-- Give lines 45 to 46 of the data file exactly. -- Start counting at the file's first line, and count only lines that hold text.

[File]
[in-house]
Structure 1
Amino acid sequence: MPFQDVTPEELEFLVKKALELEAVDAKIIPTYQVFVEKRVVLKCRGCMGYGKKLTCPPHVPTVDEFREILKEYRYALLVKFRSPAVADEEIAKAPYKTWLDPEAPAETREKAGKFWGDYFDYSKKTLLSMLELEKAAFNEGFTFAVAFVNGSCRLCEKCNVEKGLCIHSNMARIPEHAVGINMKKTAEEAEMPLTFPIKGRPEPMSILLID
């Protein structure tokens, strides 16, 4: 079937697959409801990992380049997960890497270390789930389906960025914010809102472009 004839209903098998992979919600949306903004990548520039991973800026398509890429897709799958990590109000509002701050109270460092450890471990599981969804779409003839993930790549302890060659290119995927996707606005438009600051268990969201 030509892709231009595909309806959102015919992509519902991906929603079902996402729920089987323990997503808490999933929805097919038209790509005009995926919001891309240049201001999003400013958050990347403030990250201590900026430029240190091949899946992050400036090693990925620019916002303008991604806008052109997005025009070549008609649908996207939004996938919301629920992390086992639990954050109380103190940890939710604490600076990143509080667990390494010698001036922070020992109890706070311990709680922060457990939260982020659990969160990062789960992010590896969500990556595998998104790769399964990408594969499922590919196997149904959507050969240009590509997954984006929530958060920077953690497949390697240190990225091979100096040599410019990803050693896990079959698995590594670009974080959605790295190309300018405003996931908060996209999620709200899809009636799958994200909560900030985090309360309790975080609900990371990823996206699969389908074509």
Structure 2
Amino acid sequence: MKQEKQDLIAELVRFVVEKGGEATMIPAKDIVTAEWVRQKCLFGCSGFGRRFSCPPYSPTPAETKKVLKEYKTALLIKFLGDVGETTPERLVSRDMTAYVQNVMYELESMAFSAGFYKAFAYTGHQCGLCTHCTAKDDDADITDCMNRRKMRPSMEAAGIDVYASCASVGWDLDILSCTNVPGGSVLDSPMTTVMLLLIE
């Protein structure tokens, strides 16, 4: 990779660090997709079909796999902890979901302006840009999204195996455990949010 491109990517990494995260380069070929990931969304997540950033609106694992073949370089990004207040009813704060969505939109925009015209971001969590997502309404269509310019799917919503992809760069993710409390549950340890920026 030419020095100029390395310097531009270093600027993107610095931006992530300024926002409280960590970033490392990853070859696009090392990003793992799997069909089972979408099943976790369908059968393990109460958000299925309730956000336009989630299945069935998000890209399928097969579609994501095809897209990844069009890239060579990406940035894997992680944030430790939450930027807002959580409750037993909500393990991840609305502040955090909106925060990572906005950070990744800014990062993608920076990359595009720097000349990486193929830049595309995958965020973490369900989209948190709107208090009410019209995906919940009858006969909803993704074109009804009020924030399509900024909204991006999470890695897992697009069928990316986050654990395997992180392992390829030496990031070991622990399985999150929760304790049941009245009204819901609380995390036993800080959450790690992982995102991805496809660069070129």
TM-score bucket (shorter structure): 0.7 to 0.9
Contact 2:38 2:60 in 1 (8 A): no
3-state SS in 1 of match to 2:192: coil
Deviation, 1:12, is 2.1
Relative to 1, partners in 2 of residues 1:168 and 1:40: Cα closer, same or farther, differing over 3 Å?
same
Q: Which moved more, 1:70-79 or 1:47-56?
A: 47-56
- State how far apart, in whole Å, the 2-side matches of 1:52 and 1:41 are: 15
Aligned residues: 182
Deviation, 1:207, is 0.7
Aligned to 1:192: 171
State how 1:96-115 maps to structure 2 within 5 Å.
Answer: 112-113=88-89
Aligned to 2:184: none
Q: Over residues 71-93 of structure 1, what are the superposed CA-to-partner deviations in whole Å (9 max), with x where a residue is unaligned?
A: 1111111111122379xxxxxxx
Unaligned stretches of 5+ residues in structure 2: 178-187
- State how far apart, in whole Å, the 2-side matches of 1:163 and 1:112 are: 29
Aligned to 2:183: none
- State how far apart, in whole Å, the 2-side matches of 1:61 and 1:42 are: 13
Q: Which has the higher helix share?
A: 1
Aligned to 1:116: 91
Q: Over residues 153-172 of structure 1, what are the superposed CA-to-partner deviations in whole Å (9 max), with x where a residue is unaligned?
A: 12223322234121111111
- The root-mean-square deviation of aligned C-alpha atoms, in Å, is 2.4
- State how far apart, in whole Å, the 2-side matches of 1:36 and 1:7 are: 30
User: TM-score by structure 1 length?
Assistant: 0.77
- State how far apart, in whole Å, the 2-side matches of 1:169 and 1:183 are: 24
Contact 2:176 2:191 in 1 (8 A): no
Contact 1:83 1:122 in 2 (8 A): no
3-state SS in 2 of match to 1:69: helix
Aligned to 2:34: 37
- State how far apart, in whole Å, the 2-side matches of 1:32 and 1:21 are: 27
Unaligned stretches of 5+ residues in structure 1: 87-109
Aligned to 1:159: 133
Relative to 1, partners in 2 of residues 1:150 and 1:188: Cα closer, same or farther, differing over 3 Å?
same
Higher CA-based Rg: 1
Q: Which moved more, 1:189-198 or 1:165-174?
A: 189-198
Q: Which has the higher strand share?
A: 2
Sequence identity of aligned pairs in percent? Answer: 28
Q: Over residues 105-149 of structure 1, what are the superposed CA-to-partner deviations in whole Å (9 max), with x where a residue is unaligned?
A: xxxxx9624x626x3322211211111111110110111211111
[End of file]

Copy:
Aligned to 1:159: 133
Relative to 1, partners in 2 of residues 1:150 and 1:188: Cα closer, same or farther, differing over 3 Å?